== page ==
notes from the U. S. and Canada.
to one or more notes which have been autographed as souvenirs,
by members of an armed forces group. These are collected by a number of
Siege Note -
of emergency currency issued during a siege to reduce a money shortage
usually caused by hoarding.
- a U. S. banknote which guaranteed payment of its face value in silver
by the U. S. Treasury. These are still legal tender but are no longer
- this generally refers to U. S. paper money issued on and after July
1929. It is quite a bit smaller in size than the older so-called
large size note shown here.
currency note, often but not necessarily with serial numbers of all
The original purpose of such notes was to provide banks and other
with examples of newly-issued money. A number of such specimens
been created expressly to satisfy collector demand. Some of these
were regular-issue notes simply overstamped "SPECIMEN" in the official
language of the issuing nation. In most examples of specimens,
are over- stamped in this way.
are facsimile notes or totally concocted notes for use in movies, tv
theatrical performances, etc. and are sought after by some currency
- a note
which has a serial number that is a repeating number.
Uncut Sheet -
refers to a sheet of paper money which was how it was printed prior to
being cut up. Obviously there are different numbers of notes to a
sheet for different countries or different historical times. Many
obsolete "broken" banknotes were printed four to a sheet. Modern
U. S. currency is printed with 32 notes to a sheet and is said to be a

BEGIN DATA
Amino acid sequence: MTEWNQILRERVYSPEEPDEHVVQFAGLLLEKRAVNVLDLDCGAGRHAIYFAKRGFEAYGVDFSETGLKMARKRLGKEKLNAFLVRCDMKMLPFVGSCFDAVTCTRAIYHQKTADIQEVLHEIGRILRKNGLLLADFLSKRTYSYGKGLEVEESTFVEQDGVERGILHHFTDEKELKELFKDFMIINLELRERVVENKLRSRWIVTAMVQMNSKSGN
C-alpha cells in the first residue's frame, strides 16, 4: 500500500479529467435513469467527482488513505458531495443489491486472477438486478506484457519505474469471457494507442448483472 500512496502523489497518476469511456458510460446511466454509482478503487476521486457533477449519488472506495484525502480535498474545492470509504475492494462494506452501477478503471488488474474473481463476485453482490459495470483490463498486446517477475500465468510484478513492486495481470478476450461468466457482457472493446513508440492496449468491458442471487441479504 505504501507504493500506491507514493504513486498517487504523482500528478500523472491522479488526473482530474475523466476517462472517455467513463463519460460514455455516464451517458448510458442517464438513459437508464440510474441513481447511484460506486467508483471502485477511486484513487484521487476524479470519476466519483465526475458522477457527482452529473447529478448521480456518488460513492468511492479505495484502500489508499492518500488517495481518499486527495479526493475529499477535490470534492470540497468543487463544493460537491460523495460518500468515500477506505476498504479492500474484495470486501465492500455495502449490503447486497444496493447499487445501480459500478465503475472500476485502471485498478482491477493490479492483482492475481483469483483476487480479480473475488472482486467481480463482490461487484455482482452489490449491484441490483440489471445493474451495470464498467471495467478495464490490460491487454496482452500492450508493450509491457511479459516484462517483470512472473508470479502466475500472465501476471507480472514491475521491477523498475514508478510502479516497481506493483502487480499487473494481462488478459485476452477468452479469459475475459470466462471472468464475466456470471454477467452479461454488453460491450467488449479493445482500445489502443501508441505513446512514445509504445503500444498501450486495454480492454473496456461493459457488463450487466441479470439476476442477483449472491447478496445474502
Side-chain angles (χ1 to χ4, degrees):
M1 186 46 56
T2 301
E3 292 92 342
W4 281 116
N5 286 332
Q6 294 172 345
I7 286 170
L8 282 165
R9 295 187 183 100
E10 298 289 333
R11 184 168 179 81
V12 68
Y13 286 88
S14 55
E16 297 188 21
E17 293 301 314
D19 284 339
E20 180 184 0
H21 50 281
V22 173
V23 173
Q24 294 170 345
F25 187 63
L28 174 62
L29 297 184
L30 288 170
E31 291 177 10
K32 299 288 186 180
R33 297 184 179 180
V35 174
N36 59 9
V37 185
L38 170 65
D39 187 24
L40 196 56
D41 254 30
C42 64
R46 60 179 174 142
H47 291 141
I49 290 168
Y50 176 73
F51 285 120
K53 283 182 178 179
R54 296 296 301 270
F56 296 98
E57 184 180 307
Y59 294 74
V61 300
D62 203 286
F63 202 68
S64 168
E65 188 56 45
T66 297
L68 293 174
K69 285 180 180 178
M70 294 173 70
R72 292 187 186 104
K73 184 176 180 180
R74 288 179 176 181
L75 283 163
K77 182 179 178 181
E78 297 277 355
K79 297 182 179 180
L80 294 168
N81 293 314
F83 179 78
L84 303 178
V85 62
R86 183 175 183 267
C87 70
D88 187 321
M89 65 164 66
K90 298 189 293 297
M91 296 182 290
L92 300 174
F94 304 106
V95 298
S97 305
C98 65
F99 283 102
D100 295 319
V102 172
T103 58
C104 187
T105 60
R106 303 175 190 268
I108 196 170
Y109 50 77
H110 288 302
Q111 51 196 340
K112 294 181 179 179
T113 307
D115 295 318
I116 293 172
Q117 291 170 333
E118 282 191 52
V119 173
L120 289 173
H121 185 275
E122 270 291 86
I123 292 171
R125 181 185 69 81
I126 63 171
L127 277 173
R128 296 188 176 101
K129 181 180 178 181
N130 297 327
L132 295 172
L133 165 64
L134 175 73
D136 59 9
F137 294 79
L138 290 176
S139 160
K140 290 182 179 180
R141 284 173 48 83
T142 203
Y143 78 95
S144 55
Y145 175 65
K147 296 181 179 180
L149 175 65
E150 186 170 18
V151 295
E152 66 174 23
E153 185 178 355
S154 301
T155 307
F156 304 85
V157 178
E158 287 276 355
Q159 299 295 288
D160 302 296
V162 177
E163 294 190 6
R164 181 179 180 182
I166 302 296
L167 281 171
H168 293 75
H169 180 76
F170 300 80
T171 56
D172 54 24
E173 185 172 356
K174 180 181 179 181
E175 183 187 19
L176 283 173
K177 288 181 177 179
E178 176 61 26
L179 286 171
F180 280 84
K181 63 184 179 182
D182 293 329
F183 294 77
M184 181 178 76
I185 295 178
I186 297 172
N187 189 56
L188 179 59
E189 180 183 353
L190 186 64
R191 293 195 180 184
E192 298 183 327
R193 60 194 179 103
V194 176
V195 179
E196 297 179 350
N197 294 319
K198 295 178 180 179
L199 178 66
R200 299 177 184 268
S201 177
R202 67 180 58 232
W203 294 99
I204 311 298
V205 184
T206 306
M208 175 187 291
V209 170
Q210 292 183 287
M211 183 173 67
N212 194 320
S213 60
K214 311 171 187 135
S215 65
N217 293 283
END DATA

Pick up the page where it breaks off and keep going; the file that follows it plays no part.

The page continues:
32-subject sheet. Partial sheets, where the complete sheet has
cut up into smaller sections, also exist for some notes. U. S.
sheets are available at the Bureau of Engraving and Printing, in $1,
& $5 denominations. They are also available by mail order
the Bureau and also sometimes from dealers and at certain coin shows
the Treasury sets up an exhibit.
- a note which
has been printed only only one side. Many old U. S. "broken"
are uniface notes.
generally a rubber-stamped, hand-applied impression placed on a note to
authorize it's use in a certain area or to validate the issue in some
It could also be used to change the original value of a note or to
a previously withdrawn note.
is a slang term for a certain German 10,000 mark note design, of which
there are a couple of size varieties and two different back types of
larger size note. It's referred to as the "Vampire Note" because,
if you turn the bill a certain way, it was said you could see a vampire
reportedly sucking the blood out of the neck of the German worker
This is the German equivalent of the Canadian "Devil's Head" note.
is any of a series of Phillipine notes issued from 1944 to 1949 with
word "Victory" overprinted in large letters on the back. These
with the return of Gen. Douglas MacArthur's forces to recapture the
from the Japanese in World War II.
- This is
any picture or scene on a note other than a portrait.
the production of some paper, a special mark or design is implanted
the paper which is usually only visible or fully visible when the paper
is held up to a light source. Watermarks have been used by many
as a security device for their notes for quite a long time. The
States finally adopted a watermark for use in the newly-redesigned